As reported before, Benelli will be commencing its second innings soon in India with the Mahavir Group. The Chinese-owned brand announced that it will be bringing in seven new products to our market by the end of next financial year (March 2020). Two of these new offerings are the TRK 250 and the Leoncino 250 – the motorcycles which will play a vital role in Benelli’s comeback.
Interestingly, the bikes are presently known as the TRK 251 and the Leoncino 251, but the presentation shown to us at the company event in Hyderabad referred to them as the TRK 250 and Leoncino 250. Although Benelli has been known to change the name of some of its products in our market before (for example, the BN 302 became the TNT 300). These aren’t the first single-cylinder motorcycles from Benelli for our market as we did have the TNT 25 on sale here; but that bike has now been discontinued. So let’s take a closer look at the two upcoming 250cc Benelli motorcycles for India.
Benelli Leoncino 250
The new motorcycle is the entry-level scrambler offered in the Benelli portfolio. As the name suggests, its neo-retro styling is similar to the Leoncino 500. Being a 250cc offering, though, the Leoncino 250 is more compact than its bigger sibling. The quarter-litre motorcycle has been equipped with an oval-shaped all-LED headlight and a fully digital instrument console. It was first unveiled as the Leoncino 251 at the 2017 EICMA motorcycle show and will go on sale in international markets by late-2018.
The Leoncino 250 is expected to be launched in India next year. It could be the most affordable Benelli bike in our market with an estimated price at around Rs 1.8-2 lakh. However, prices could drop in future as Benelli has plans to localise components for its motorcycles in India. What works in favour of the Leoncino 250 is the fact that there isn’t any other affordable scrambler motorcycle on sale in India at the moment.
Powering the Leoncino 250 is a 249cc, single-cylinder, liquid-cooled motor based on the Benelli TNT 25’s mill, mated to a six-speed gearbox. However, the engine on the Leoncino 250 produces 25.8hp and 21.2Nm of torque, while the TNT 25’s powerplant delivered a lower 25.5hp and a higher 21.5Nm of torque.
The Leoncino employs a steel trellis frame suspended on 41mm USD forks up front and a monoshock unit at the rear. Braking duties are handled by disc brakes on both wheels, while dual-channel ABS is standard. The scrambler runs on 17-inch alloy wheels fitted with a 110/70 section tyre at front and a 150/60 section rubber at rear. Saddle height stands at 810mm and the motorcycle weighs 153kg (dry weight). The Leoncino 250 has a fuel-tank capacity of 14 litres. While it doesn’t have any direct rivals, the expected pricing would imply that it would take on the KTM 250 Duke, although the KTM is significantly more powerful.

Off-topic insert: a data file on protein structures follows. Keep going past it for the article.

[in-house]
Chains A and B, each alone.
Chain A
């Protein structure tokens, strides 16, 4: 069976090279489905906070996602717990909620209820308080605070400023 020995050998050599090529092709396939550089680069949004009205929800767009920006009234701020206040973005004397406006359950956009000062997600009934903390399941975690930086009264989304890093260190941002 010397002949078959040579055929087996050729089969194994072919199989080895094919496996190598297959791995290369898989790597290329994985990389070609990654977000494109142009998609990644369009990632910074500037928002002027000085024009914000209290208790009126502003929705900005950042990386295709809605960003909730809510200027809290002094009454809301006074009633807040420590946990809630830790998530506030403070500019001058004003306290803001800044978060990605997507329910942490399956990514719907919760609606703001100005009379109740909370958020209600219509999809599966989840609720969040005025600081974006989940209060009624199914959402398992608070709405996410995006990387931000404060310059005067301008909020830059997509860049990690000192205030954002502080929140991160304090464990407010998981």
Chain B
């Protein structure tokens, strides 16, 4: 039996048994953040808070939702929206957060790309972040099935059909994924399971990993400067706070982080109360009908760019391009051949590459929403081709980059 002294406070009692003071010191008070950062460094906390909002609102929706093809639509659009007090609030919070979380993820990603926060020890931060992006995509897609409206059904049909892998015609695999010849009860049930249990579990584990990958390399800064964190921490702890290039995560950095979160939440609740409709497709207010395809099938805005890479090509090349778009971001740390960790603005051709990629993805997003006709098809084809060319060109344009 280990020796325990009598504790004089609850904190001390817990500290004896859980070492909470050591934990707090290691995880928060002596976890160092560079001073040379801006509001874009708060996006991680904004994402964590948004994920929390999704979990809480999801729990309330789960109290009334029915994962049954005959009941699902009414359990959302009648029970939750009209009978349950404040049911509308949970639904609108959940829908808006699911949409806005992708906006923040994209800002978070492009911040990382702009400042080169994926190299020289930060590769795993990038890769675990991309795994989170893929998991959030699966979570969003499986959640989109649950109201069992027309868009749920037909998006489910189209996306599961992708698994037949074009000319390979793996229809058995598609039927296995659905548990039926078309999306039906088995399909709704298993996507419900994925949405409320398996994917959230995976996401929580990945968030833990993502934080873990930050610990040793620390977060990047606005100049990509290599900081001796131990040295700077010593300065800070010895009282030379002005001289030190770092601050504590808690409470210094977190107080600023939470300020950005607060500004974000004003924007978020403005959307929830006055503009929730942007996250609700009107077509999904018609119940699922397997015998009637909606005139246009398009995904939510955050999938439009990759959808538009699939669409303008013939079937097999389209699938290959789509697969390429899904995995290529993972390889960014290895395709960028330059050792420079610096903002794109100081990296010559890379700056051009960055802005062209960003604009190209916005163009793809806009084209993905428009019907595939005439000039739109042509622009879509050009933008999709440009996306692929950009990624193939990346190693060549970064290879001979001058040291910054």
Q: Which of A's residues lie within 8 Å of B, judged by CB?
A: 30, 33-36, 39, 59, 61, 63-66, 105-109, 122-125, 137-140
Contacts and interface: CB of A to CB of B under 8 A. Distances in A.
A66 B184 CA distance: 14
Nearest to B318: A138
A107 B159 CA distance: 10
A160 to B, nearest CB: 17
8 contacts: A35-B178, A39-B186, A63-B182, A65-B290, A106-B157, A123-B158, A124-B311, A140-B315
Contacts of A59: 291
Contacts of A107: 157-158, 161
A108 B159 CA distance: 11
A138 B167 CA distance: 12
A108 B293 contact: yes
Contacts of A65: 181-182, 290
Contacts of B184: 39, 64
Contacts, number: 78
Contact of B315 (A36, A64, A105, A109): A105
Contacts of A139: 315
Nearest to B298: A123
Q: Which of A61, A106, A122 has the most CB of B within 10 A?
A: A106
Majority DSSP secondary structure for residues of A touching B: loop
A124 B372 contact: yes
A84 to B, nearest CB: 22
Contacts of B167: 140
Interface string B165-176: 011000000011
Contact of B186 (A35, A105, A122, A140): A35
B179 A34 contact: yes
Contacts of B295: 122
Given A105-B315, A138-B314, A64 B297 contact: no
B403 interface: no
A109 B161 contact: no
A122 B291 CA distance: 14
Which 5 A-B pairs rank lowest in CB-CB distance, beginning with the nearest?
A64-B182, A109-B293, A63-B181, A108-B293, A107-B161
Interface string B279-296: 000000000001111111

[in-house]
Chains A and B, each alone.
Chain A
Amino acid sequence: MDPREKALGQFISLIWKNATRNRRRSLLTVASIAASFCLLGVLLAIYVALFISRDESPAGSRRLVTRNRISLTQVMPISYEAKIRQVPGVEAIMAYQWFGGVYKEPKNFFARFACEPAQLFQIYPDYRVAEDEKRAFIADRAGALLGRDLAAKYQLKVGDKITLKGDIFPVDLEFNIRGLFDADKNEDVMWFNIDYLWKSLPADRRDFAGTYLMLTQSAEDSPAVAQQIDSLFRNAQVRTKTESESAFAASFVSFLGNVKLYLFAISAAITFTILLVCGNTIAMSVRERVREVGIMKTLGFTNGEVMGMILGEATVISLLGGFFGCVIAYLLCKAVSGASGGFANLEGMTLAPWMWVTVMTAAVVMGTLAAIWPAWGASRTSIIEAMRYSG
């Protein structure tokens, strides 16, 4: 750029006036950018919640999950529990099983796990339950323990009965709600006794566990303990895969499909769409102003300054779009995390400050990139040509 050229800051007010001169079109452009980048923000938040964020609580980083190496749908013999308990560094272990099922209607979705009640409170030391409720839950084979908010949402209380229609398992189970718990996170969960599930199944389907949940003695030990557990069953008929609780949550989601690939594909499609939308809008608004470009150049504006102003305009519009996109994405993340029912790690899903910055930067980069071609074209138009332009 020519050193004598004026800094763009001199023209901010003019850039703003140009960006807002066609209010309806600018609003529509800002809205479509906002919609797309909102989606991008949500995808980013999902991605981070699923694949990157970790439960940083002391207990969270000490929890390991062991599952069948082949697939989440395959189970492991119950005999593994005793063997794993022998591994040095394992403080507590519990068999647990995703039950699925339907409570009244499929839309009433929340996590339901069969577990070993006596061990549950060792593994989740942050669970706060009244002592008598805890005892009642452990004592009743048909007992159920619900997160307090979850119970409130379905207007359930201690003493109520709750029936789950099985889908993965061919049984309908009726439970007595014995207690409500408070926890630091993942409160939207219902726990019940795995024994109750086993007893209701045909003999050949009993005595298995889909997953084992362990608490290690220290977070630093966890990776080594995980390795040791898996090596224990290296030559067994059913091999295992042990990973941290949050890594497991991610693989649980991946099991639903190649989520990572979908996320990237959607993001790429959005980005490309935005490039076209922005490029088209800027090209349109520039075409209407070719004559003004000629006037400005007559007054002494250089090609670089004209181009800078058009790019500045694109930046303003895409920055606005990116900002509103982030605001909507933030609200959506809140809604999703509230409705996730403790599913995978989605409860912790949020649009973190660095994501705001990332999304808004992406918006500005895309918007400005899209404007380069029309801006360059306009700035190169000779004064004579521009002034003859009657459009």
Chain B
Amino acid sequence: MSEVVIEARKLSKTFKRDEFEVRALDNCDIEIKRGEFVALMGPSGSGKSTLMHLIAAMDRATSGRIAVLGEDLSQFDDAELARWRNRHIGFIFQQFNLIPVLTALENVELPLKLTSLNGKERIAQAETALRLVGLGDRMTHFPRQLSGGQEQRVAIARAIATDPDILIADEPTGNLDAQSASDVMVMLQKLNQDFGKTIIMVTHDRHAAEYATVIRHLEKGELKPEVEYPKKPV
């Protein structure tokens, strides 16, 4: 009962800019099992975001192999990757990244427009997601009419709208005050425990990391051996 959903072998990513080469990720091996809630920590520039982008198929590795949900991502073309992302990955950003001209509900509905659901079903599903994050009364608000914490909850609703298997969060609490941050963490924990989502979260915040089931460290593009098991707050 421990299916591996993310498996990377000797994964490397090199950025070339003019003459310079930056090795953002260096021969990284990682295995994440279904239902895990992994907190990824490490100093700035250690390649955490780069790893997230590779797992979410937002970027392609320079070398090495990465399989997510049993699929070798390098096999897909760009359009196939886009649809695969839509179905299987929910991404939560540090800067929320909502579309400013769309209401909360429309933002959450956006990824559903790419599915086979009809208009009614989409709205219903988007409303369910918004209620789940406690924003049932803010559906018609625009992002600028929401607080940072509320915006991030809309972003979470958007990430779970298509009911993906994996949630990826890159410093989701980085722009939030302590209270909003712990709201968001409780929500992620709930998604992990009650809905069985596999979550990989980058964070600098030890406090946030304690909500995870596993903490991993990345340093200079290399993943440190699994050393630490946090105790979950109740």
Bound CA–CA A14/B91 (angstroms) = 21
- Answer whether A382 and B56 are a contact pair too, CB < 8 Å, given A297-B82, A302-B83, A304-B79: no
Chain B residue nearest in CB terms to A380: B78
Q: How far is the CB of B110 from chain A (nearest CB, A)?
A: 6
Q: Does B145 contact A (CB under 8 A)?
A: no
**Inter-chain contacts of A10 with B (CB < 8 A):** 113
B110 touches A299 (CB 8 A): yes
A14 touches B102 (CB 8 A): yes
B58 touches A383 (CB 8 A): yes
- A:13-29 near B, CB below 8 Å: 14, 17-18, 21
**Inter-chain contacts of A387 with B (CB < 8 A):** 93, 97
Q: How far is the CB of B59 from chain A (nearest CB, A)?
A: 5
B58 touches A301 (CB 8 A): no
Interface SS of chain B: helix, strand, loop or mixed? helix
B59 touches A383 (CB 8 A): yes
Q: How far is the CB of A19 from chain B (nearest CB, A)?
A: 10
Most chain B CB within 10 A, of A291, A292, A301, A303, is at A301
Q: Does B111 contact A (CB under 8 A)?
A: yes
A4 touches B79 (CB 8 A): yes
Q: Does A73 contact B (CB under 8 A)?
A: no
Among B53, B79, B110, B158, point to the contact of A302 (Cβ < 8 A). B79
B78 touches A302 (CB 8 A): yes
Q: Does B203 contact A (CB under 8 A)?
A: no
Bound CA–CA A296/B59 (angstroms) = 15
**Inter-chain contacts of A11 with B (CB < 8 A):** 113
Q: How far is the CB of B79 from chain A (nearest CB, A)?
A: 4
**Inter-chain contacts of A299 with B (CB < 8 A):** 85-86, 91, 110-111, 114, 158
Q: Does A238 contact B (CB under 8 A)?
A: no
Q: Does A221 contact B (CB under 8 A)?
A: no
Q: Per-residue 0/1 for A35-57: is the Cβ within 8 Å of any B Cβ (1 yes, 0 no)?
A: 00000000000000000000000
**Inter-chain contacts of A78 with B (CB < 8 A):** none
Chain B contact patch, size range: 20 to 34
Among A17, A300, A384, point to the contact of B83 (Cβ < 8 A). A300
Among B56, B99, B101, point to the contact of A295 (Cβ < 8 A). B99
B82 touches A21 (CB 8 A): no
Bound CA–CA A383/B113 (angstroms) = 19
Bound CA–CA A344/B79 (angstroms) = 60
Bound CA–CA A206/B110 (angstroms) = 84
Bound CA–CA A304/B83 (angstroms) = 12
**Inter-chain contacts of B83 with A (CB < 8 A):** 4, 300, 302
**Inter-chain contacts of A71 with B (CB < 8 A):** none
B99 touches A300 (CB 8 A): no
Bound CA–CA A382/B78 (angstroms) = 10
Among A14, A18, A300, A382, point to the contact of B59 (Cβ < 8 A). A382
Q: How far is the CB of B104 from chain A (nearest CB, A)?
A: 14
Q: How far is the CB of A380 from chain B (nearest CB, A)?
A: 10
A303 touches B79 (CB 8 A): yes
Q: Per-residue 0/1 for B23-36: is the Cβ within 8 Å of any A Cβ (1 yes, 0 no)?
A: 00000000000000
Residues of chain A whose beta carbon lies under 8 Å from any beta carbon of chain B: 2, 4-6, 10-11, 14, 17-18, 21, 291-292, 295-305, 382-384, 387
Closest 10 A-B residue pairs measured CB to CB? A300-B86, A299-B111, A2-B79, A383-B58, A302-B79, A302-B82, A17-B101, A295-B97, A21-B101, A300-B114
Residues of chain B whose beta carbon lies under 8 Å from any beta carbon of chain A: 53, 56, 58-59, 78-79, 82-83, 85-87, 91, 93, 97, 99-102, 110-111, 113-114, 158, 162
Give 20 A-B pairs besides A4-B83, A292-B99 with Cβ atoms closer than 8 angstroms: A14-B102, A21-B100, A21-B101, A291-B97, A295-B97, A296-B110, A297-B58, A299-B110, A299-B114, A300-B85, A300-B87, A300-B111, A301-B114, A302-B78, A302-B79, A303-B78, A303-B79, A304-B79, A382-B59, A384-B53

Benelli TRK 250
The TRK 250 is the scaled-down version of the TRK 502 and the entry-level adventure tourer offered in Benelli’s product line-up. It was unveiled as the TRK 251 the 2017 EICMA motorcycle show, alongside the Leoncino 251. The motorcycle's styling is similar to the TRK 502, but it’s more compact and features a side-slung muffler unlike the underbelly unit seen on its elder sibling. The bike also misses out on the 502's hand guards. The entry-level adventure tourer is expected to be launched in India alongside the Leoncino 250 before the end of the next financial year. The TRK 250 is likely to be priced under Rs 2.5 lakh (ex-showroom).
Powering the bike is the same quarter-litre motor seen on the Leoncino 250 producing 25.8hp and 21.2Nm of maximum torque. The six-speed gearbox has also been carried forward to the new model. It employs a steel trellis frame and suspension hardware consists of USD forks and a monoshock unit at the back. It’s worth noting that suspension travel quoted on the Benelli website is similar to the Leoncino 250 – 120mm up front and just 51mm at the back. In comparison, the BMW G 310 GS has 180mm of travel on both ends, while the Royal Enfield Himalayan has 200mm suspension travel at the front and 180mm at the back. However, the TRK does have a ground clearance of 200mm compared to the Leoncino 250’s 180mm (both the Himalayan and the G 310 GS have 220mm ground clearance). Its seat height is also marginally higher than the scrambler offering and stands at 835mm. The fuel-tank capacity is also larger at 17 litres, while it weighs 153kg (dry weight). Going by this, the TRK 250 comes across as what could be a good touring bike, albeit one that would prefer staying on tarmac.
Providing anchorage are a 280mm single disc brake up front and a 240mm unit at the rear. Dual-channel ABS is standard. Similar to the Leoncino 250, the TRK 250 also runs on 17-inch alloy wheels with road-focused tyres. The Benelli TRK 502 will be offered in two variants – spoke wheels and enduro street tyres (TRK 502 X) and alloy wheels with road-spec tyres – but the TRK 250 will only be offered as a single variant. In terms of competition, the Benelli offering is likely to be positioned between the Royal Enfield Himalayan (Rs 1.7 lakh) and the BMW G 310 GS (Rs 3.49 lakh). Both prices are ex-showroom, India.